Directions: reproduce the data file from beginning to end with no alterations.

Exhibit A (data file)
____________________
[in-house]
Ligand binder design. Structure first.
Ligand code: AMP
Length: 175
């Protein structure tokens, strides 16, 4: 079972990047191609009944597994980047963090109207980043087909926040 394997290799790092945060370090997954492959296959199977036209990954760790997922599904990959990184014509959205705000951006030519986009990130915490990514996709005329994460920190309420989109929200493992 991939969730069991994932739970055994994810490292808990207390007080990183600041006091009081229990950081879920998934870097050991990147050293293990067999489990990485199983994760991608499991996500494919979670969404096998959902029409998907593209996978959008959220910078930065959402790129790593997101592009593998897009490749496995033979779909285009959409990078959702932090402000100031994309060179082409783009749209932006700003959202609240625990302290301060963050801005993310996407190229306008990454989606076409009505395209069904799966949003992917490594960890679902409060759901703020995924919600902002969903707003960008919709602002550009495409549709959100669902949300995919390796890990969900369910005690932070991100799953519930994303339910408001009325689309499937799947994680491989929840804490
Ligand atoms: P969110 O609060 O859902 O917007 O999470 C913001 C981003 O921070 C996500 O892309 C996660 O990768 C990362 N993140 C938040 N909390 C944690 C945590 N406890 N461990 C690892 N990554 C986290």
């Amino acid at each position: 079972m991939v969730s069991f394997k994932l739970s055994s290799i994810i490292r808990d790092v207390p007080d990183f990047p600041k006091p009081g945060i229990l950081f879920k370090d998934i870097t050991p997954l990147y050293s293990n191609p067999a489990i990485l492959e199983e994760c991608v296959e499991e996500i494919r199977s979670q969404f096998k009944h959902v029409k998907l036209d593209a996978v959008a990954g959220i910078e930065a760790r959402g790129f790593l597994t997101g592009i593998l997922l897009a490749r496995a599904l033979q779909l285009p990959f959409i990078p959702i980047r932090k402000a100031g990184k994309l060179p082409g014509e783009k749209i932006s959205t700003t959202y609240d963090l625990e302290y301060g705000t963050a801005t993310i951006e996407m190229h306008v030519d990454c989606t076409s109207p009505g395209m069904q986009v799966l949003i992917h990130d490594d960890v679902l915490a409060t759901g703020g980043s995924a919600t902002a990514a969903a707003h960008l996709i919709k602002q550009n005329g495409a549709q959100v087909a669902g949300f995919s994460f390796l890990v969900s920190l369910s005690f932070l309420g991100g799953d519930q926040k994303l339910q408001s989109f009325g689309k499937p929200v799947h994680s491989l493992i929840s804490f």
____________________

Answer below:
[in-house]
Ligand binder design. Structure first.
Ligand code: AMP
Length: 175
């Protein structure tokens, strides 16, 4: 079972990047191609009944597994980047963090109207980043087909926040 394997290799790092945060370090997954492959296959199977036209990954760790997922599904990959990184014509959205705000951006030519986009990130915490990514996709005329994460920190309420989109929200493992 991939969730069991994932739970055994994810490292808990207390007080990183600041006091009081229990950081879920998934870097050991990147050293293990067999489990990485199983994760991608499991996500494919979670969404096998959902029409998907593209996978959008959220910078930065959402790129790593997101592009593998897009490749496995033979779909285009959409990078959702932090402000100031994309060179082409783009749209932006700003959202609240625990302290301060963050801005993310996407190229306008990454989606076409009505395209069904799966949003992917490594960890679902409060759901703020995924919600902002969903707003960008919709602002550009495409549709959100669902949300995919390796890990969900369910005690932070991100799953519930994303339910408001009325689309499937799947994680491989929840804490
Ligand atoms: P969110 O609060 O859902 O917007 O999470 C913001 C981003 O921070 C996500 O892309 C996660 O990768 C990362 N993140 C938040 N909390 C944690 C945590 N406890 N461990 C690892 N990554 C986290």
């Amino acid at each position: 079972m991939v969730s069991f394997k994932l739970s055994s290799i994810i490292r808990d790092v207390p007080d990183f990047p600041k006091p009081g945060i229990l950081f879920k370090d998934i870097t050991p997954l990147y050293s293990n191609p067999a489990i990485l492959e199983e994760c991608v296959e499991e996500i494919r199977s979670q969404f096998k009944h959902v029409k998907l036209d593209a996978v959008a990954g959220i910078e930065a760790r959402g790129f790593l597994t997101g592009i593998l997922l897009a490749r496995a599904l033979q779909l285009p990959f959409i990078p959702i980047r932090k402000a100031g990184k994309l060179p082409g014509e783009k749209i932006s959205t700003t959202y609240d963090l625990e302290y301060g705000t963050a801005t993310i951006e996407m190229h306008v030519d990454c989606t076409s109207p009505g395209m069904q986009v799966l949003i992917h990130d490594d960890v679902l915490a409060t759901g703020g980043s995924a919600t902002a990514a969903a707003h960008l996709i919709k602002q550009n005329g495409a549709q959100v087909a669902g949300f995919s994460f390796l890990v969900s920190l369910s005690f932070l309420g991100g799953d519930q926040k994303l339910q408001s989109f009325g689309k499937p929200v799947h994680s491989l493992i929840s804490f």